11. This is similar to some of what they told us. She makes eye contact and initiates interaction. DD doesn't get tone, either. She perceives anger if she doesn't like what someone says, she does not sense frustration or "this isn't funny" from us. She will also speak to others in inappropriate tones and does not seem to understand what was wrong. I've seen DD struggle with this. I remember clearly a time she was on the phone telling a friend about our dog. It was on speaker so I heard the friend respond about our dog, DD said something else about our dog. Friend said something about what pets she has. DD said something about our dog. Friend said something about what she'd done that day. DD said something about our dog. This continued until I intervened and got her attention and told her quietly to ask friend about her new house (they had just moved a state away). DD shows extreme empathy toward animals. People not so much, but I know it's there. We just usually have to explain how or why someone is feeling/acting/reacting a certain way. I talked to DD's therapist about possible ASD and she is as unsure as us about it. She agrees with getting her re-evaluated.
  12. Math: SPM 5a/b Writing: Winning with Writing 5 Spelling: AAS 5 Grammar: Sentence Diagramming: Beginning and Editor in Chief History: BYL 5 Science: BYL 5 / RSO Bio 2 Extra-curriculars: Swimming, Ninja/Parkour, Theater Other: Typing, Tinker crate, piano at home. Art and PE at co-op.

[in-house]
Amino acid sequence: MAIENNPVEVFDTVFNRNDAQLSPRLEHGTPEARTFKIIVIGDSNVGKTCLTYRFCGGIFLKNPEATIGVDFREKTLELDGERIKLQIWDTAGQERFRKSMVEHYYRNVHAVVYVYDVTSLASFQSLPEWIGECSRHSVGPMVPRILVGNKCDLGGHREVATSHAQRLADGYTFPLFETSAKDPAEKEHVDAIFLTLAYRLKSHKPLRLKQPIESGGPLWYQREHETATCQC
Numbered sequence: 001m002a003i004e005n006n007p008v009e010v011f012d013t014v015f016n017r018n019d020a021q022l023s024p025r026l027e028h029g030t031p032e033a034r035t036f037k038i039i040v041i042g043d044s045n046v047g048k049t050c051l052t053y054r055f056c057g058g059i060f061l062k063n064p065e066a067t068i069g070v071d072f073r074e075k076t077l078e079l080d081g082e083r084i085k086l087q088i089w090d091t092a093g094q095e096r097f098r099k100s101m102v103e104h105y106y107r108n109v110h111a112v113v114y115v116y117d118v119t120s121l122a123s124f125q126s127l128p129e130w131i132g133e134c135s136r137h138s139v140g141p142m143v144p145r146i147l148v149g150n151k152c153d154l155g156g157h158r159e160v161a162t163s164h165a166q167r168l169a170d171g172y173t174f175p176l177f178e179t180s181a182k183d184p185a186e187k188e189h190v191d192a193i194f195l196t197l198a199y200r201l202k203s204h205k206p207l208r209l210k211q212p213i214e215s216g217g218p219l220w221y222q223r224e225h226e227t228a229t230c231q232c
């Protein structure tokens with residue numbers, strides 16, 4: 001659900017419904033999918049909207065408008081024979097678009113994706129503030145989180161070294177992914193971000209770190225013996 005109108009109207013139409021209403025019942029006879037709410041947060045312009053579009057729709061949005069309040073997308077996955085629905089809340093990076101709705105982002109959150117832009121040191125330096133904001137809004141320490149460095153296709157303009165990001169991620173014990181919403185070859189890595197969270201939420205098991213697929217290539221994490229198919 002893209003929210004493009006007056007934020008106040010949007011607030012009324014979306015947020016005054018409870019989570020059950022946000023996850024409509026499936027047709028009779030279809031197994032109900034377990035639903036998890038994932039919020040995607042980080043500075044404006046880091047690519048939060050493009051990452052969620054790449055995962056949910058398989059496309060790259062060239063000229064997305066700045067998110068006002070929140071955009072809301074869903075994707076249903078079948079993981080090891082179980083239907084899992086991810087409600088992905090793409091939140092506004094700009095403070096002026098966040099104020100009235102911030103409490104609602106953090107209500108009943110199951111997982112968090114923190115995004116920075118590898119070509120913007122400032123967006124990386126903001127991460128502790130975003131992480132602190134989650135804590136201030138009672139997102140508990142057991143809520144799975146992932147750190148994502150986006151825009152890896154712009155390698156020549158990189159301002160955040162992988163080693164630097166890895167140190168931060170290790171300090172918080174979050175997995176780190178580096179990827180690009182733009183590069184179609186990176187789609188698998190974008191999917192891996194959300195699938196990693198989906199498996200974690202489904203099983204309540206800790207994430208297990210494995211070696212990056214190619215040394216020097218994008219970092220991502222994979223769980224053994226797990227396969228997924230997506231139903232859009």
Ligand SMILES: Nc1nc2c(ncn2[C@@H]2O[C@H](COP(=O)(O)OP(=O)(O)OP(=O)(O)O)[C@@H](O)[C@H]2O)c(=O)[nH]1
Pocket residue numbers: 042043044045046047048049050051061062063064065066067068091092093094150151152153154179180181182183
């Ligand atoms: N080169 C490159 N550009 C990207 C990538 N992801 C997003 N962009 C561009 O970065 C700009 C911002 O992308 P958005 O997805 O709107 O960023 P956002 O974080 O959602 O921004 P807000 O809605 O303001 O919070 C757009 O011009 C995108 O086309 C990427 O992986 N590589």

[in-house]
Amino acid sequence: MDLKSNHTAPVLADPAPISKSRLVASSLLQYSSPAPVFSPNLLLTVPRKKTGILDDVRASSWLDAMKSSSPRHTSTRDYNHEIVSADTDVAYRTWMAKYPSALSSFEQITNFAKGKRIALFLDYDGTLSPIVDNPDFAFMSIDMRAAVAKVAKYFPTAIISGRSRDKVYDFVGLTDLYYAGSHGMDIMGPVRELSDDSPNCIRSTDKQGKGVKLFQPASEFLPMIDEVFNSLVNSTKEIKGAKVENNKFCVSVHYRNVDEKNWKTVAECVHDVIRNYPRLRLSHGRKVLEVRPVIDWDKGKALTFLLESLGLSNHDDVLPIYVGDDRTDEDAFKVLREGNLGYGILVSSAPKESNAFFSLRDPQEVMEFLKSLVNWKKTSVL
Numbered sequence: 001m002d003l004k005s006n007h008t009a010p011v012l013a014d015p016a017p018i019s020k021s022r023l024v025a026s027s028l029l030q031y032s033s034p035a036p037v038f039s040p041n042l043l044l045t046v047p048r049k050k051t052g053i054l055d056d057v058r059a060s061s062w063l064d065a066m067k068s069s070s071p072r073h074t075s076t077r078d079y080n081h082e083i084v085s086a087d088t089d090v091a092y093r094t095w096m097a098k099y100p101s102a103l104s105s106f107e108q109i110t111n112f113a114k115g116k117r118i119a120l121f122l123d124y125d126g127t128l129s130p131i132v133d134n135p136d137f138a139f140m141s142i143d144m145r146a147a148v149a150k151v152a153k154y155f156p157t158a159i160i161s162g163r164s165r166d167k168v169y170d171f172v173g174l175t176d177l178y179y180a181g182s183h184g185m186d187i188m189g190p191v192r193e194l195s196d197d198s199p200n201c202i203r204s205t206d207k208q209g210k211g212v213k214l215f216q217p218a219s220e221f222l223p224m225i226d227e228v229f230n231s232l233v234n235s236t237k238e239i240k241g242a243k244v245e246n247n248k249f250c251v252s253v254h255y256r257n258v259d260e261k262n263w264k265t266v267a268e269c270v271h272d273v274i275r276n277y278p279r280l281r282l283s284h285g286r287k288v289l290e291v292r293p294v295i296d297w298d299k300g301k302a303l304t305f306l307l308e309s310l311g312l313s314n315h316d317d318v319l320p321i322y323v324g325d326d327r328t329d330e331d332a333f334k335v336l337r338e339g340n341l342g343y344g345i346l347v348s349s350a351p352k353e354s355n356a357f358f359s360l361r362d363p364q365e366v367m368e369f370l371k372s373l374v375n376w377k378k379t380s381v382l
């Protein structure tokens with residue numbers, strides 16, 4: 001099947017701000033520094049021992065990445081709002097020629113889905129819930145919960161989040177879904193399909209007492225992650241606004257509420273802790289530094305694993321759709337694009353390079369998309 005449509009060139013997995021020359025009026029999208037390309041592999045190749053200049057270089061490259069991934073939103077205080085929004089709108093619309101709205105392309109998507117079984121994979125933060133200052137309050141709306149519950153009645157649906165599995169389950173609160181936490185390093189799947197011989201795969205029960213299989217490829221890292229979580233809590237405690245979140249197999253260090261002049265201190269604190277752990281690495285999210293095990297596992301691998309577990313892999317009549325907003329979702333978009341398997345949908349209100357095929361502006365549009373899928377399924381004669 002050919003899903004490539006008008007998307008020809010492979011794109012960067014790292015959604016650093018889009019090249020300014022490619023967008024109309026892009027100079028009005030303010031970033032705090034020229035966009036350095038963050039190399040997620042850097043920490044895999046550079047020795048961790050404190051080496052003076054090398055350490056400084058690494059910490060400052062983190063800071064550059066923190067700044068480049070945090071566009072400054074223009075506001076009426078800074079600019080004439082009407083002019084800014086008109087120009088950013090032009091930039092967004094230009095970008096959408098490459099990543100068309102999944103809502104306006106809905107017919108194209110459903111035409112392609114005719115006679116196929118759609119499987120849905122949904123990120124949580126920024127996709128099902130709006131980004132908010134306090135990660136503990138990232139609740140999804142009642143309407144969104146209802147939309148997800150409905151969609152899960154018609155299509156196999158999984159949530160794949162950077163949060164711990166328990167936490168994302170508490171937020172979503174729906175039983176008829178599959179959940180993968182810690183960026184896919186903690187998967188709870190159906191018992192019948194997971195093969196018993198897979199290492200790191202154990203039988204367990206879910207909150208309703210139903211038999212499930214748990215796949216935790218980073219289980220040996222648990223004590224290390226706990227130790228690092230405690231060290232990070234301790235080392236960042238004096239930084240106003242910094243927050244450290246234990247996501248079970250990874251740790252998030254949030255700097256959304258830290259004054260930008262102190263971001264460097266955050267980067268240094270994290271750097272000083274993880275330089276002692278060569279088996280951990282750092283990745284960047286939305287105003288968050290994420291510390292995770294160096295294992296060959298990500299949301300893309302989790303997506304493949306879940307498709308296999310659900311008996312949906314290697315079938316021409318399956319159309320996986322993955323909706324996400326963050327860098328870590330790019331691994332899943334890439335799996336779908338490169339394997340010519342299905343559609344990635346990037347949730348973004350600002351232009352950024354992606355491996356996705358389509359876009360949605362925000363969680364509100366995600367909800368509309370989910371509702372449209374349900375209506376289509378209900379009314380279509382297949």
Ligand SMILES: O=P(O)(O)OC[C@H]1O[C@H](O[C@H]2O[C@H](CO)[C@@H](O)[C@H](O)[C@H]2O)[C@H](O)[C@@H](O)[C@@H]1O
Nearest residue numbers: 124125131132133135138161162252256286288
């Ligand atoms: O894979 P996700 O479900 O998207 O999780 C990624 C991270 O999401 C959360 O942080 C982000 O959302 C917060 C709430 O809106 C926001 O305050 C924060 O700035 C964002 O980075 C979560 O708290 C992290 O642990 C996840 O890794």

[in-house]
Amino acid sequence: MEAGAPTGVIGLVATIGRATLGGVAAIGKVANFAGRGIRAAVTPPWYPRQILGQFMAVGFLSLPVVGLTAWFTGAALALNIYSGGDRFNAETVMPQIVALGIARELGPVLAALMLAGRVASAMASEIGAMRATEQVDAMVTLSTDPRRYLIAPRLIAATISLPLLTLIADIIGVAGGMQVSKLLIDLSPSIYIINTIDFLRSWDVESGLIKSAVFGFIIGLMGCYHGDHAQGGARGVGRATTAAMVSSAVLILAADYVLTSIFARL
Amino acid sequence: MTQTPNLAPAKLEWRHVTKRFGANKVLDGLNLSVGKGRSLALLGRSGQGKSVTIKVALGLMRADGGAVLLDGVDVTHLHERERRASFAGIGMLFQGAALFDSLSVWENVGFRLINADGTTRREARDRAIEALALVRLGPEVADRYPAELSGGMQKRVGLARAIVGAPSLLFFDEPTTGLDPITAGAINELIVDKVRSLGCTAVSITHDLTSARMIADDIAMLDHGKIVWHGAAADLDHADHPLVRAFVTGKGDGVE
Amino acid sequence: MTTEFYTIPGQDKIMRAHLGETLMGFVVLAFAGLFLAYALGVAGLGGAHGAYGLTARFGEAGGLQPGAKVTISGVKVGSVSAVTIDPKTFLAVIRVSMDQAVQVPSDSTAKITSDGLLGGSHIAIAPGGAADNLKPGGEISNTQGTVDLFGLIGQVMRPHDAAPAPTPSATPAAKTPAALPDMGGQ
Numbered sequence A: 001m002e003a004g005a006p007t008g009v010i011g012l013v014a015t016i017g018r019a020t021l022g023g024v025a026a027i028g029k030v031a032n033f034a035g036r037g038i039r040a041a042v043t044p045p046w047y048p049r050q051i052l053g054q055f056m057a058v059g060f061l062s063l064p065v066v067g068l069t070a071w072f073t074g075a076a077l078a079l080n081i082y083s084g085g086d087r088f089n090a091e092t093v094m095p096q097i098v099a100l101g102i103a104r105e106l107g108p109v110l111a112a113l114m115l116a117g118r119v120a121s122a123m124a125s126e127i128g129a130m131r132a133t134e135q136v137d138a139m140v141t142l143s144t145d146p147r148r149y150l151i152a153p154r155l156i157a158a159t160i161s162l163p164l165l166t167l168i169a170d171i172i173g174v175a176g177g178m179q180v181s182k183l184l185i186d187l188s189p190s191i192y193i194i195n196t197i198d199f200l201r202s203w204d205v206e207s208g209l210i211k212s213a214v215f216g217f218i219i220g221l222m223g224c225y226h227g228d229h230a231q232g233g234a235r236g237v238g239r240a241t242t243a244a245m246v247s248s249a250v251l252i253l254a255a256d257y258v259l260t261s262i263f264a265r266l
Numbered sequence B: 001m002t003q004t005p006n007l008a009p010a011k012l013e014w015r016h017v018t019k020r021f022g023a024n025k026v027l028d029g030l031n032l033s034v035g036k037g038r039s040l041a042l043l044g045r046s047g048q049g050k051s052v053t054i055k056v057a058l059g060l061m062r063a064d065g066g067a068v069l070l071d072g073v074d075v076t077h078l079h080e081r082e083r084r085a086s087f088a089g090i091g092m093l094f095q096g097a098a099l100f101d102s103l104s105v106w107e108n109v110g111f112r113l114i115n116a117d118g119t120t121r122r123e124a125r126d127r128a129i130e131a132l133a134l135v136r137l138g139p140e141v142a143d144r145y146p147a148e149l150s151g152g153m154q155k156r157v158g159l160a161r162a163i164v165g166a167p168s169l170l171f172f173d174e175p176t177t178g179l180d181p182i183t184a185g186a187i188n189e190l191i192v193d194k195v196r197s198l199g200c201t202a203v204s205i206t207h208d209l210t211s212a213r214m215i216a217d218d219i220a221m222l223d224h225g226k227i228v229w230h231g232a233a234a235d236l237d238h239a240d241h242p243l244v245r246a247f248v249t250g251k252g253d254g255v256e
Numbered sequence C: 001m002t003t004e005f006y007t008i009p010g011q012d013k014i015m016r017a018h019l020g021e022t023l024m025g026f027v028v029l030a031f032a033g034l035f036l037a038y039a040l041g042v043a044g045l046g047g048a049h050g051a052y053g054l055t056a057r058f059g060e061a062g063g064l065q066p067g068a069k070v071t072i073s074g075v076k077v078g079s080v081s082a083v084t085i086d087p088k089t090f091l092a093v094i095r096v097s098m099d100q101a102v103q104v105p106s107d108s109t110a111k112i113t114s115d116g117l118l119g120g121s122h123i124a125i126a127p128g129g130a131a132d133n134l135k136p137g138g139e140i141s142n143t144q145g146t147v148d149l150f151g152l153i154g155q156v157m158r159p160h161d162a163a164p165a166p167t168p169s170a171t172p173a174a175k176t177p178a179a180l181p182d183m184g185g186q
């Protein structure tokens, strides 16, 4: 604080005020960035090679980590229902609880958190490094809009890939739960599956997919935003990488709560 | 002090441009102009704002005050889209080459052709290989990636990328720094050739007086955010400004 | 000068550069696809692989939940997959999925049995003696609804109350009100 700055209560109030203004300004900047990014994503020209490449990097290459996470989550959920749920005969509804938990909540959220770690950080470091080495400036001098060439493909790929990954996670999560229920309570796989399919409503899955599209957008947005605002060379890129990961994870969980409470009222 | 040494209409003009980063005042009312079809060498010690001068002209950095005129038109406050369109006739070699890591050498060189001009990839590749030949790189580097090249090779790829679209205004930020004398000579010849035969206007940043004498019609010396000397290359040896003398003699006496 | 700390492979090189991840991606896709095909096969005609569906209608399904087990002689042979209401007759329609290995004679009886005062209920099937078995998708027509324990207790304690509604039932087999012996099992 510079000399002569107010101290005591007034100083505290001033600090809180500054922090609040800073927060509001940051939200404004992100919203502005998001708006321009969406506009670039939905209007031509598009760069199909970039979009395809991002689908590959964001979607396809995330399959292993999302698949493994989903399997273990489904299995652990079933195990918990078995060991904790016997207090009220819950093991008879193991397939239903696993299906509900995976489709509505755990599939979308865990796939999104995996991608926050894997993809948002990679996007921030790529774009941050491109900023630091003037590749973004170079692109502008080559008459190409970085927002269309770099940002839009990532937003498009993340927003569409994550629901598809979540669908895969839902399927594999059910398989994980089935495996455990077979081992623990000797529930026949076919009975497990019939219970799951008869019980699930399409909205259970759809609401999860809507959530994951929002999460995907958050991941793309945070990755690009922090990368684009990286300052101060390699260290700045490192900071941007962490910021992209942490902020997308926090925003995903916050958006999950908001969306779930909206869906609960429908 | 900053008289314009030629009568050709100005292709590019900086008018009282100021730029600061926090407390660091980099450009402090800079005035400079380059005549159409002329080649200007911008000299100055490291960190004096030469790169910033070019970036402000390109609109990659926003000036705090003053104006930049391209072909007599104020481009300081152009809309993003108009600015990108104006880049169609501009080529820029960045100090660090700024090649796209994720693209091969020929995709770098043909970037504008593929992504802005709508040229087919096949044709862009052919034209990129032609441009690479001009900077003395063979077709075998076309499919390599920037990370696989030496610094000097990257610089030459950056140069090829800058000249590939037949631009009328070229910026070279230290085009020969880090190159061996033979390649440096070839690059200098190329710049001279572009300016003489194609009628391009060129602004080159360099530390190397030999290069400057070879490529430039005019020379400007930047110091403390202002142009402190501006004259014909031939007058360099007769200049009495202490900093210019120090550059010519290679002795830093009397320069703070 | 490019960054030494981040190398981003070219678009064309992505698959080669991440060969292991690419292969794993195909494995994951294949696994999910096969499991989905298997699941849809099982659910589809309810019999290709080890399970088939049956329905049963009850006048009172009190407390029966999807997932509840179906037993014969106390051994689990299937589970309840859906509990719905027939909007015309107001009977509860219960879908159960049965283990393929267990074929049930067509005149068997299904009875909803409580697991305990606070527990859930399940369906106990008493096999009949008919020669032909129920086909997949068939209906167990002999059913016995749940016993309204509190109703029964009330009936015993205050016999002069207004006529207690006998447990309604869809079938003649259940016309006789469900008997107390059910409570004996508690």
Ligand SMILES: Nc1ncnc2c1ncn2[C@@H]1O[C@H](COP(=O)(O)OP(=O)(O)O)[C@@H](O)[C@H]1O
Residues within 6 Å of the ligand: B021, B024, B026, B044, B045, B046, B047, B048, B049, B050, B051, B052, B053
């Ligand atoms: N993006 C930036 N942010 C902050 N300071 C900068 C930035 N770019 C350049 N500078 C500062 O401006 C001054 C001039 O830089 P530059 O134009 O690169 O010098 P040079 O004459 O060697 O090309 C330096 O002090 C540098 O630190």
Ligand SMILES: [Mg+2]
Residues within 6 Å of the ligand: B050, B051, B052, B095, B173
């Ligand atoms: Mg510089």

13. Okay, I think I have an idea of where we're going to be next year. Math: SPM 2a/2b and I would like to start her on Beast Academy. We will probably be starting Singapore 2a by June, so I may do BA2a right after and see from there which program we want to focus on. Phonics/reading: She flew through AAR1 and is halfway through AAR2 set to finish by May. If she keeps up this pace I'll need 3 *and* 4 next year. That's expensive so I'd rather switch her to OPGTR because I don't think she needs the intensity of AAR, but she really loves it. So I'm still torn on which way to go after 2. Free (I already have it) and simple, or expensive and tedius but the kid loves it. 😕 Spelling: SYS C Writing: Copywork and narration in BYL History: BYL 1 Science: Finish RSO Life (will be halfway through it by fall) and the science in BYL 1. Extra curriculars: Swimming lessons, Ninja/parkour, maybe theater. She hasn't decided for sure on theater, she's waiting until after the big performance this year. Other: I really do intend to start teaching her piano. For real this time 😳 Kiwi crate. Typing. Art and PE at co-op.